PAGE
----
By Peter Abbarno
20th District Rep. R-Centralia
The Legislature addresses issues big and small; some exciting and others mundane. As the Centralia-Chehalis Chamber of Commerce focuses the August Business Connections issue on real estate and property, I thought it would be important to also focus on the ‘lesser known’ new real property and real estate laws.
Real estate headlines over the past few years focused mostly on large policies that impacted a lot of residential and commercial property owners; like affordable housing and the Residential Landlord- Tenant Act. However, there were many lesser-known changes made to both residential and commercial property law that deserve the attention of local governments, developers, builders, and the real estate community. Here are some of those “did you know” changes that impact commercial and residential property.
Lewis County, and much of SW Washington, is familiar with the term ‘childcare desert’. This year, House Bill 1199 became law, which prohibits certain common interest communities (CIC), homeowners’ associations, and condominium communities from prohibiting and unreasonably restricting a licensed family home childcare or licensed child daycare center. An association may require the family home childcare or child day care to meet certain state standards, but not prohibit or unreasonably restrict. This will be of particular importance to associations with business restrictions in their rules and bylaws.
Also becoming law was House Bill 1042 prohibiting cities from imposing certain restrictions or requirements on existing building codes for commercial or mixed use. The policy states that beginning no later than six months after its next periodic comprehensive plan update, a city may not impose certain restrictions on existing buildings zoned for commercial or mixed-use, including density, parking, and design standards. In addition, a city may not deny a building permit application for new housing units in an existing building due to the nonconformity of the existing commercial/mixed-use structure including but not limited to parking, height, and setbacks. As cities begin to plan commercial and mixed uses zones, this will be an important change to consider.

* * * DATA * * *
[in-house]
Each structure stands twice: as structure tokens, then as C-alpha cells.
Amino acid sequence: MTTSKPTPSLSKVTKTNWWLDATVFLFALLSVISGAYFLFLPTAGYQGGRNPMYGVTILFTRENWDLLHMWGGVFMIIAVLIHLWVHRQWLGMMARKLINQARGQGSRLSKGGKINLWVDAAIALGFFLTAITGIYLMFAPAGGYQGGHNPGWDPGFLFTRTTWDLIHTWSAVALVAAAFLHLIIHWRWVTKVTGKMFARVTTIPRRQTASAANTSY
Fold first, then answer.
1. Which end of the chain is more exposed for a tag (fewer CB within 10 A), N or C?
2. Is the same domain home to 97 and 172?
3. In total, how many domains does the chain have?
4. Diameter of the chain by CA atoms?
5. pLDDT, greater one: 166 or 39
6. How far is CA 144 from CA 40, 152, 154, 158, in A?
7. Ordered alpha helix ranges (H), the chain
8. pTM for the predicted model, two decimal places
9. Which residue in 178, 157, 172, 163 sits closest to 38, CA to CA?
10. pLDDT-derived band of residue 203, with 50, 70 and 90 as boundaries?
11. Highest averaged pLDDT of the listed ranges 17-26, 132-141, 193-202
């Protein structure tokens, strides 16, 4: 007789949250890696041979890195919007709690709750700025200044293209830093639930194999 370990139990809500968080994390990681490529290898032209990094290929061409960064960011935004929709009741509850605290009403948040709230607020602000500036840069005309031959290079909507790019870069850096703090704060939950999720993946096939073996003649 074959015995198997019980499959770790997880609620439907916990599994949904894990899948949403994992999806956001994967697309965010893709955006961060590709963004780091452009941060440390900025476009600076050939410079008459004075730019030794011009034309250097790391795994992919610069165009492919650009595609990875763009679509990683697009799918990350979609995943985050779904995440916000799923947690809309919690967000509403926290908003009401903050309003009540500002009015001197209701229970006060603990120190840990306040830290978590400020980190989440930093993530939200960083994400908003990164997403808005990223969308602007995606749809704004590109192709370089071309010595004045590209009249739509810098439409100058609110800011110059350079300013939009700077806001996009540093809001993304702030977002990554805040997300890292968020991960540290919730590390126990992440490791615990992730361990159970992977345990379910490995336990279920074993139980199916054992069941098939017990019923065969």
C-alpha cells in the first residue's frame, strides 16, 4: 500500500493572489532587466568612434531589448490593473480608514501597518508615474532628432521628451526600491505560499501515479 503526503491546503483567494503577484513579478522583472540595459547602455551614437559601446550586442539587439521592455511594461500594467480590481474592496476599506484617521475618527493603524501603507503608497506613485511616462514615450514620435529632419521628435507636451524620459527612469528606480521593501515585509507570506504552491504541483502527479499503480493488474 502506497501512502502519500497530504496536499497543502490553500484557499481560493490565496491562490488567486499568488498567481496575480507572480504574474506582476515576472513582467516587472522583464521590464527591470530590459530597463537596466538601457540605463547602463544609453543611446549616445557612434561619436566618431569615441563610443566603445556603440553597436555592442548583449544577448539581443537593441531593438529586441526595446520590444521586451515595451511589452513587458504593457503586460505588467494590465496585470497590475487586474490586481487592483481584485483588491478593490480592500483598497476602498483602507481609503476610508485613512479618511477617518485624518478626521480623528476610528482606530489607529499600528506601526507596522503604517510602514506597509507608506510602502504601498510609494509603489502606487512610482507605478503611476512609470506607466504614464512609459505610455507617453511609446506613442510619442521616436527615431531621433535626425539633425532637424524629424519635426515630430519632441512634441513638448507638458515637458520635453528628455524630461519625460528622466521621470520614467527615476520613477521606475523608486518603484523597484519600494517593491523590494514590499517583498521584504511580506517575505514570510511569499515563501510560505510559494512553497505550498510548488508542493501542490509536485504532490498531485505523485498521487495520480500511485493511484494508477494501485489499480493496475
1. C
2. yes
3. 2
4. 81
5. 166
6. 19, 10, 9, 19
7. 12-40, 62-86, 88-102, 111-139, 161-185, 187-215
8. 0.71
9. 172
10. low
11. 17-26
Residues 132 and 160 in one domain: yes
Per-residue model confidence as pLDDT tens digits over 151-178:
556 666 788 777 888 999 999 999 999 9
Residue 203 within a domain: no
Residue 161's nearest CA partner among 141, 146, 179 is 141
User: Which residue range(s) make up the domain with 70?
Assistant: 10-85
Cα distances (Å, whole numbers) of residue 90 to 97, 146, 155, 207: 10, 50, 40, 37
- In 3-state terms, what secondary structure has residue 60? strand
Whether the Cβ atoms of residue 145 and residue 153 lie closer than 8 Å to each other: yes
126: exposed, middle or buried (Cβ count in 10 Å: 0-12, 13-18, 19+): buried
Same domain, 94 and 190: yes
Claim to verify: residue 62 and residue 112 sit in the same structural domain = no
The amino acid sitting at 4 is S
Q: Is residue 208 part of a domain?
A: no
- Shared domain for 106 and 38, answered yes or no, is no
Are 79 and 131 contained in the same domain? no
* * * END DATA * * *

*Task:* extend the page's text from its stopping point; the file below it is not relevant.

Water bottle refilling stations are becoming more common around traditional drinking fountains. House Bill 1085 requires any construction after July 2026 where a drinking fountain is required under the Building Code to also require a bottle filling station. The bottle filling station can be a stand-alone station or part of the drinking fountain already required under the Building Code.
The Washington Supreme Court recently held in Commencement Bank v. Epic Solutions, Inc., that the lien priority statute only applies to construction loans and liens as opposed to being generally applicable to mortgages and deeds of trust. The court found that the placement of the lien priority statute in the chapter pertaining to mechanics’ liens indicates that the Legislature intended the provisions to apply only to construction loans. As a result of House Bill 1420, a new section is added to the chapter on foreclosure of mortgages and liens to provide that a mortgage or deed of trust has priority to all liens, mortgages, deeds of trust, and other encumbrances that have not been recorded before the recording of the mortgage or deed of trust. Rules that were in place prior to the Supreme Court decision are being codified into a broader applicable statute. The “first in time, first in right” principle will be more broadly established and would not have to rely on the courts to go to common law interpretations where there is a dispute regarding lien priorities.
For more information about new laws and proposed legislation, visit my legislative website at www. RepresentativePeterAbbarno. com
Rep. Peter Abbarno represents the 20th Legislative District and is an attorney with Althauser Rayan Abbarno, LLP.